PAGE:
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A 35-year old woman comes to the urgent care clinic with a 3-day history of right lower extremity swelling. She first noticed the swelling after returning from Spain via a transatlantic flight. She also reports mild shortness of breath, exacerbated with ambulation. At baseline, she leads an active lifestyle and enjoys bowling and sailing. Her past medical history is significant only for tobacco abuse, with a 20-pack-year history. Her only medication is oral contraceptive pills. Her vitals signs are: blood pressure 132/61 mm Hg, pulse 71/min, respiratory rate 14/min, temperature 37.0 C (98.6 F), and room air saturation of 94% on ambient air. Physical examination reveals lungs clear to auscultation bilaterally and 2+ right lower extremity edema to her knee.. Her chest x-ray is unremarkable. Her d-dimer is significantly elevated. You obtain a V/Q scan that demonstrates a segmental pulmonary embolism. You admit the patient and begin an unfractionated heparin drip and warfarin. On hospital day 5 with continued heparin and warfarin, you notice that her platelet count has decreased from an admission count of 250,000/ml to the current value of 50,000/ml. Her hematocrit remains stable at 38%, her stool guaiac continues to be negative, she has negative orthostatics, and she has no evidence of bleed. The patient has not been started on any other medications. Which of the following is the mechanism that accounts for the thrombocytopenia?

A. Bleed from an undetermined site because of the heparin and warfarin
B. Decreased megakaryocyte production in the bone marrow
C. Direct effect of heparin on platelet activation
D. Formation of antibodies against platelet factor 4 complex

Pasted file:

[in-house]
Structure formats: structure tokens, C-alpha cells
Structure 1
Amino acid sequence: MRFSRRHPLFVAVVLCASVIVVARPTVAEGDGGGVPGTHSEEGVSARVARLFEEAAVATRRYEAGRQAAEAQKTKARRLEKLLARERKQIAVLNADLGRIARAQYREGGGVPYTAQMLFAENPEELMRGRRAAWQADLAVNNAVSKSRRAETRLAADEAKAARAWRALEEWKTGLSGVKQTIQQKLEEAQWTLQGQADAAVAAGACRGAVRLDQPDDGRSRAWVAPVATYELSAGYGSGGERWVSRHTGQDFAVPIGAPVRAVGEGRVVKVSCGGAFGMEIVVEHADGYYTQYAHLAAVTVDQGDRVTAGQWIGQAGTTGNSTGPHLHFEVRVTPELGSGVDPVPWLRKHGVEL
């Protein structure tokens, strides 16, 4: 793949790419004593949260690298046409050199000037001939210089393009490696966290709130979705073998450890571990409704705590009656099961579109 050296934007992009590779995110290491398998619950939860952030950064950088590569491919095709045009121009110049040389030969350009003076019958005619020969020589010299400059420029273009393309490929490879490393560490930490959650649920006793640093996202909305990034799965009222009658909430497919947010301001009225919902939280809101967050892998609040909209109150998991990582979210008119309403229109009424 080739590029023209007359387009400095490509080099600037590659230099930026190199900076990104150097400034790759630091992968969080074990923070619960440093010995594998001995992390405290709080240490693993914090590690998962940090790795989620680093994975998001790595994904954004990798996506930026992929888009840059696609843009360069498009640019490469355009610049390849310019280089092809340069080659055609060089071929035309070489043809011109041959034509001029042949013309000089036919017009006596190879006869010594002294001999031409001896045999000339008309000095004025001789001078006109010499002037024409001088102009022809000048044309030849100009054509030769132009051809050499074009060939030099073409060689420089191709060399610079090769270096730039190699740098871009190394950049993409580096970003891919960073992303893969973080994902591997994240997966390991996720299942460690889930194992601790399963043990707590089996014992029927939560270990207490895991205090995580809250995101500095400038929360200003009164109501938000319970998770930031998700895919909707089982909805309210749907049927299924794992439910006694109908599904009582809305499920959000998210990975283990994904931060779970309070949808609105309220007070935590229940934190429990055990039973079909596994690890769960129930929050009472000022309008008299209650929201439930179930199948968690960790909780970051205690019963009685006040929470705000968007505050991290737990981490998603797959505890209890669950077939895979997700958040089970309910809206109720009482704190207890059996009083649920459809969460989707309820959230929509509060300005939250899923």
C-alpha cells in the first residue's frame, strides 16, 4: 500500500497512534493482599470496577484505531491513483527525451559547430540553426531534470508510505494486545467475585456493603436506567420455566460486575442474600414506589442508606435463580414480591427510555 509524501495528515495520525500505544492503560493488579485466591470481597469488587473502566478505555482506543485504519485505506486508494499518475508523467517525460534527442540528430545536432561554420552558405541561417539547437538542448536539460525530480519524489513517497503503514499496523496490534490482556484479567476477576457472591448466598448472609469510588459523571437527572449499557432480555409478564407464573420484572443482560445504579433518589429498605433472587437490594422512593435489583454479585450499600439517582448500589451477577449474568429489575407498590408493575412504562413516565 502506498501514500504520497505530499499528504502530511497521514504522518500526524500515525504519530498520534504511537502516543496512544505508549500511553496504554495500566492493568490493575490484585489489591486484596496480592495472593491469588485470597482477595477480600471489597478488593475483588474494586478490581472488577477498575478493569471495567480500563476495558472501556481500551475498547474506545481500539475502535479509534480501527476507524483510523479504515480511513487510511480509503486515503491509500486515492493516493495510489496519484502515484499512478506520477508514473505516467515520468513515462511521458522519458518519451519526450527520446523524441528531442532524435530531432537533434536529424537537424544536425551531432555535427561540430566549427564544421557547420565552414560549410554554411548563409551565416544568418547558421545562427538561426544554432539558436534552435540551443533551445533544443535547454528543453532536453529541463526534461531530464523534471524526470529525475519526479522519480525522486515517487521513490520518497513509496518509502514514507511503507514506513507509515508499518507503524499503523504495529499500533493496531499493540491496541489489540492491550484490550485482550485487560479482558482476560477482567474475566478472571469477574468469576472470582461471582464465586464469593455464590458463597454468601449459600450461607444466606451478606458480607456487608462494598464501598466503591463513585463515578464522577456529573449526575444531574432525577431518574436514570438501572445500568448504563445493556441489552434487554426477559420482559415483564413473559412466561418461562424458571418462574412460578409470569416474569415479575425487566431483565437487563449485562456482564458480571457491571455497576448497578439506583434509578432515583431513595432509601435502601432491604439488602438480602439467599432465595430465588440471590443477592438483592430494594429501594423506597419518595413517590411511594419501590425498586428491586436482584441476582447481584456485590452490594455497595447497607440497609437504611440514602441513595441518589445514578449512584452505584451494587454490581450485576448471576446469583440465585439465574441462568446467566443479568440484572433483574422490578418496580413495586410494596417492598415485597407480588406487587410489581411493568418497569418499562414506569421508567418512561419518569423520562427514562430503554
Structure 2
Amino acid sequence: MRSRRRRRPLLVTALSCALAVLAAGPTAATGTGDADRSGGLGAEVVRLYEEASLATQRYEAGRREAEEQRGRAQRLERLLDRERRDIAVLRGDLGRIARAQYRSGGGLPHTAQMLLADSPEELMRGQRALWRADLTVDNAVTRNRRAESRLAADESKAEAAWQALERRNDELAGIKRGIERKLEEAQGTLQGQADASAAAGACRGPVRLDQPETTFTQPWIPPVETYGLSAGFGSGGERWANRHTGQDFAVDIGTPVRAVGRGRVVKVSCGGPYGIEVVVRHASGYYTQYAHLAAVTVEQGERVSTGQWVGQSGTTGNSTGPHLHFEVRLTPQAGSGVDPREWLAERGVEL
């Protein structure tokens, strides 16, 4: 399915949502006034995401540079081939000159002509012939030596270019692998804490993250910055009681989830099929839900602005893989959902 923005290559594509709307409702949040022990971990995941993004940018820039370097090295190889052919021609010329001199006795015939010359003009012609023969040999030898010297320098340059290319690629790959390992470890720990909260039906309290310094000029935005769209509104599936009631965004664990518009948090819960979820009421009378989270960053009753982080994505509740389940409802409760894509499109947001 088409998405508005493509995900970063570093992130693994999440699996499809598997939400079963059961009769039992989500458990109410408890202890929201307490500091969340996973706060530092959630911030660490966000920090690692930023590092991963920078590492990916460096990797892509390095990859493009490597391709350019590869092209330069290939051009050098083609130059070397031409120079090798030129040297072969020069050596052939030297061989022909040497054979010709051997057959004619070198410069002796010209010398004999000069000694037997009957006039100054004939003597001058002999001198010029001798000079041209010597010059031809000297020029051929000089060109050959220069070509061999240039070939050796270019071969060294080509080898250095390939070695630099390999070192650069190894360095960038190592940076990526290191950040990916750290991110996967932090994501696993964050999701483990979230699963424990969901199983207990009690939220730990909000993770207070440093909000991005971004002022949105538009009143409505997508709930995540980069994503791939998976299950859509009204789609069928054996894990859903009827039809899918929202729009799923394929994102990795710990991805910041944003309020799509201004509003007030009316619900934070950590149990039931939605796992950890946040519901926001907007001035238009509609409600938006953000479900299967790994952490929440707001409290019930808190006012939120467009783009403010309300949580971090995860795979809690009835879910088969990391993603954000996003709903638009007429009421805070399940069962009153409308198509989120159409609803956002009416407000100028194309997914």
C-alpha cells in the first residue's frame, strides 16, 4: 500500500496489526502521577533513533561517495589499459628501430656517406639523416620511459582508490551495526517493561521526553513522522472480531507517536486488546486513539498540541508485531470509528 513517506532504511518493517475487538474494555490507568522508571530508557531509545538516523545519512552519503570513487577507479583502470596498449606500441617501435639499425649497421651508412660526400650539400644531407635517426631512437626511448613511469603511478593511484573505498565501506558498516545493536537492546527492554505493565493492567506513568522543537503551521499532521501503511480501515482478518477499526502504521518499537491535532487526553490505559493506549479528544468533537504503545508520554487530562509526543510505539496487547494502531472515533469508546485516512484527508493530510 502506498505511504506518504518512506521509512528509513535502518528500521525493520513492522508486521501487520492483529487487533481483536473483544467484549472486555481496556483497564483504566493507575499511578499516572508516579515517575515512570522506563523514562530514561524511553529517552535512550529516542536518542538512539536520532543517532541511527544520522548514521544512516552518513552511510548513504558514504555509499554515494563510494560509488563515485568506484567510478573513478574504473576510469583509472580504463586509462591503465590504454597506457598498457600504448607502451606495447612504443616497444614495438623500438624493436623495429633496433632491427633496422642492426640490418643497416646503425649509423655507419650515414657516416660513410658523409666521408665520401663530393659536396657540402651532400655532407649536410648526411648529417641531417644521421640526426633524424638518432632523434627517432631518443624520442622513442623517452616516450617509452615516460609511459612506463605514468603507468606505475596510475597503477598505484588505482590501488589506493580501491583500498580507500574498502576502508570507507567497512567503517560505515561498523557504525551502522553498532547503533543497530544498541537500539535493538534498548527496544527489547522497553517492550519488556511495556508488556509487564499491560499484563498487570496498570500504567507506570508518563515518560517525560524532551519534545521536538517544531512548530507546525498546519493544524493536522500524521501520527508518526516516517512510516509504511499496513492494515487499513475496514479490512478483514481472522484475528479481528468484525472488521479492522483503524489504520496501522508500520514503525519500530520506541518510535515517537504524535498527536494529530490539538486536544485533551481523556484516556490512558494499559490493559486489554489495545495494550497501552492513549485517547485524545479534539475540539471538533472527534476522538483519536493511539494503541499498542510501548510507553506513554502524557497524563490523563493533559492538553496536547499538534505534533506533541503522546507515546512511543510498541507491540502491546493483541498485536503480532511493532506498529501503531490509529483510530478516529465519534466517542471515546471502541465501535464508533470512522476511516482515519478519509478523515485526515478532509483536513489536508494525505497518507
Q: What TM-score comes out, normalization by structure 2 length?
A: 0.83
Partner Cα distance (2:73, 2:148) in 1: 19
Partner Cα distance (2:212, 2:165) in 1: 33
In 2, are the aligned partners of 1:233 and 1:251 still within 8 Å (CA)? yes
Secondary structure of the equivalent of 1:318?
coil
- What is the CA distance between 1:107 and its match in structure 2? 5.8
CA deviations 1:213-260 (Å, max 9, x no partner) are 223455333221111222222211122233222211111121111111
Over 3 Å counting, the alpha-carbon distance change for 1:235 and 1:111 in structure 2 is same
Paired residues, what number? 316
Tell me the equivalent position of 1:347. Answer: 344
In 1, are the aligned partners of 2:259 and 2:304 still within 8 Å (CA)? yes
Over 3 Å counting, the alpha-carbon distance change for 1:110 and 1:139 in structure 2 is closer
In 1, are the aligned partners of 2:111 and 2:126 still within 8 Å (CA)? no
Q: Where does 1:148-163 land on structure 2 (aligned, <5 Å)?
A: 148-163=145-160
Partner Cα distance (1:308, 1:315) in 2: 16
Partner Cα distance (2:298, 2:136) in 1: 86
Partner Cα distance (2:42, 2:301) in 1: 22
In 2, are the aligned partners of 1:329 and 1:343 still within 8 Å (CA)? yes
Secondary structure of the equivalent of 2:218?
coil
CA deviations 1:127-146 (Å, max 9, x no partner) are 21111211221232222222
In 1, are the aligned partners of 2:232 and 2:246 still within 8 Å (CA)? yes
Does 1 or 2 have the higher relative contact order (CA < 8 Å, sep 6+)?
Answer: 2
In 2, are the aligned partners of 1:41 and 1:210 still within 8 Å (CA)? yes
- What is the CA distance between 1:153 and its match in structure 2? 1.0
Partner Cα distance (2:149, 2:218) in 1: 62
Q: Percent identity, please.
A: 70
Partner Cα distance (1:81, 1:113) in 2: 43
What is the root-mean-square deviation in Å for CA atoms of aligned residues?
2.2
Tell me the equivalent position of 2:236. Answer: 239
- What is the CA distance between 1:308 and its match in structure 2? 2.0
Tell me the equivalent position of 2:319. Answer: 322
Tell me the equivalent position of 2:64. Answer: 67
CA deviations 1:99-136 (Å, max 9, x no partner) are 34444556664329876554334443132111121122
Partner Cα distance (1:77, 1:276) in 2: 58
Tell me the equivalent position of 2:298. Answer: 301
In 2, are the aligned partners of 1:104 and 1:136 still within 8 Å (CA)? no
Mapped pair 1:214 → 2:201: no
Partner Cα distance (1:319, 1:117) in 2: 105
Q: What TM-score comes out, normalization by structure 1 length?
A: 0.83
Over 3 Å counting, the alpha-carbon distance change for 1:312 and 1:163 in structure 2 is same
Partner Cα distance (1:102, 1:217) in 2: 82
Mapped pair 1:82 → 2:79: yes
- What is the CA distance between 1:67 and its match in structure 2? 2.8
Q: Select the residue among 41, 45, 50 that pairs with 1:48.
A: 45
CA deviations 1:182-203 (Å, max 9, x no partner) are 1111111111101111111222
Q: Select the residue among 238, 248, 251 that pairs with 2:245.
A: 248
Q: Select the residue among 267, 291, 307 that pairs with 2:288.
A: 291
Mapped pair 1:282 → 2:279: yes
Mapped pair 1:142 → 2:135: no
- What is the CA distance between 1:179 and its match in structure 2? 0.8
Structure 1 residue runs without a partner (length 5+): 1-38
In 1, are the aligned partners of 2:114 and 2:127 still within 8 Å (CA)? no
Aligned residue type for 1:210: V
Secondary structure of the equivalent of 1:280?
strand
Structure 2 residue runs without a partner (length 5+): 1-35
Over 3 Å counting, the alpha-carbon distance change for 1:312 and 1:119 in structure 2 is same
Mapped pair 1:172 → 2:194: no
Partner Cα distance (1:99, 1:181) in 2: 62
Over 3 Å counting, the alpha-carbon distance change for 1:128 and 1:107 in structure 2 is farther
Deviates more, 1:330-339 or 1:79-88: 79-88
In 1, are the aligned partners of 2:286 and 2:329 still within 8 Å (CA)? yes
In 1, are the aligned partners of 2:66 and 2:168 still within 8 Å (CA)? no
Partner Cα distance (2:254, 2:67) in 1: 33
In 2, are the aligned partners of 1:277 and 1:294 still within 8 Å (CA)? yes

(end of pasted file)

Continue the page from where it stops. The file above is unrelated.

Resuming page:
E. Formation of antibodies against platelet factor 8 complex


It is HIT and it is due to formation of autoantibodies against platelets but I am not sure between d and e.


D. Formation of antibodies against platelet factor 4 complex - HIT


Sprint, that was my doubt too....grin The answer is D.


Yes, this is classical heparin-induced thrombocytopenia


I am not sure, nut the most common form of HIT is HIT 1, which is caused by direct effect of heparin on platelet activation. HIT 2 which is caused by autoantibodies only account for less than 5%.


ofcourse this is HIT but I have no idea about the factor 4 or 8 complexes associated with it, so can anyony plz expl it & how to differentiate between both types



never mind i found it on the int.

HIT type 2 is always related to factor 4 coplex,

while HIT type 1 is a transient decrease in platelet count without any further symptoms. This recovers even if heparin is continued to be administered. Platelet counts rarely fall below 100,000. It occurs in 10-20% of all patients on heparin. It is not due to an immune reaction and antibodies are not found upon investigation.

for more follow this link:


great going guys, can any one identify the risk factor regarding hypercoagulability in this patient despite the fact that she leads an active life??

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